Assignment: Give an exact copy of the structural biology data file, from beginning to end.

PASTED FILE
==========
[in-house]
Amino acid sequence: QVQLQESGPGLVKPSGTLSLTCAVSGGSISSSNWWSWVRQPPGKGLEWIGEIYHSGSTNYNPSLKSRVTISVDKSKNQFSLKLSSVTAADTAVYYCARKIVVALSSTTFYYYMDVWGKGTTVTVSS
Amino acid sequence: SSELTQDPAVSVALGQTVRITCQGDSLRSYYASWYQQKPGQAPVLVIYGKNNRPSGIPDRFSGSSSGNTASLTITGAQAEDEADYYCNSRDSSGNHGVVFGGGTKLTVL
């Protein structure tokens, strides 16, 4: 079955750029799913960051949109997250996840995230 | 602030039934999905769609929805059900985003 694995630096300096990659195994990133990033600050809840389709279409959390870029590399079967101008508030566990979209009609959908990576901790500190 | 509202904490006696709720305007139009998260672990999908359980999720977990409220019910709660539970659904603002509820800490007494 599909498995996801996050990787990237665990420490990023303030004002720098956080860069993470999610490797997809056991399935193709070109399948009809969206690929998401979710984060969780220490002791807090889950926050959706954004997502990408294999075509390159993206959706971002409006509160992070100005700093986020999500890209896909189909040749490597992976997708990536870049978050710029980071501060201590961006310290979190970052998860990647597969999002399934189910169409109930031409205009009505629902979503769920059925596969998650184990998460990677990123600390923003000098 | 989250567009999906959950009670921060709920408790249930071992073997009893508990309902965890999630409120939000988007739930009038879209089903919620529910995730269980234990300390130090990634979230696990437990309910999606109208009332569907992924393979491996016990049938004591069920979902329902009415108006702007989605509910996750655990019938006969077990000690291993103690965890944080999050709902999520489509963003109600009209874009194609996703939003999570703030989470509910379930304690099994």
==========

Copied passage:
[in-house]
Amino acid sequence: QVQLQESGPGLVKPSGTLSLTCAVSGGSISSSNWWSWVRQPPGKGLEWIGEIYHSGSTNYNPSLKSRVTISVDKSKNQFSLKLSSVTAADTAVYYCARKIVVALSSTTFYYYMDVWGKGTTVTVSS
Amino acid sequence: SSELTQDPAVSVALGQTVRITCQGDSLRSYYASWYQQKPGQAPVLVIYGKNNRPSGIPDRFSGSSSGNTASLTITGAQAEDEADYYCNSRDSSGNHGVVFGGGTKLTVL
């Protein structure tokens, strides 16, 4: 079955750029799913960051949109997250996840995230 | 602030039934999905769609929805059900985003 694995630096300096990659195994990133990033600050809840389709279409959390870029590399079967101008508030566990979209009609959908990576901790500190 | 509202904490006696709720305007139009998260672990999908359980999720977990409220019910709660539970659904603002509820800490007494 599909498995996801996050990787990237665990420490990023303030004002720098956080860069993470999610490797997809056991399935193709070109399948009809969206690929998401979710984060969780220490002791807090889950926050959706954004997502990408294999075509390159993206959706971002409006509160992070100005700093986020999500890209896909189909040749490597992976997708990536870049978050710029980071501060201590961006310290979190970052998860990647597969999002399934189910169409109930031409205009009505629902979503769920059925596969998650184990998460990677990123600390923003000098 | 989250567009999906959950009670921060709920408790249930071992073997009893508990309902965890999630409120939000988007739930009038879209089903919620529910995730269980234990300390130090990634979230696990437990309910999606109208009332569907992924393979491996016990049938004591069920979902329902009415108006702007989605509910996750655990019938006969077990000690291993103690965890944080999050709902999520489509963003109600009209874009194609996703939003999570703030989470509910379930304690099994």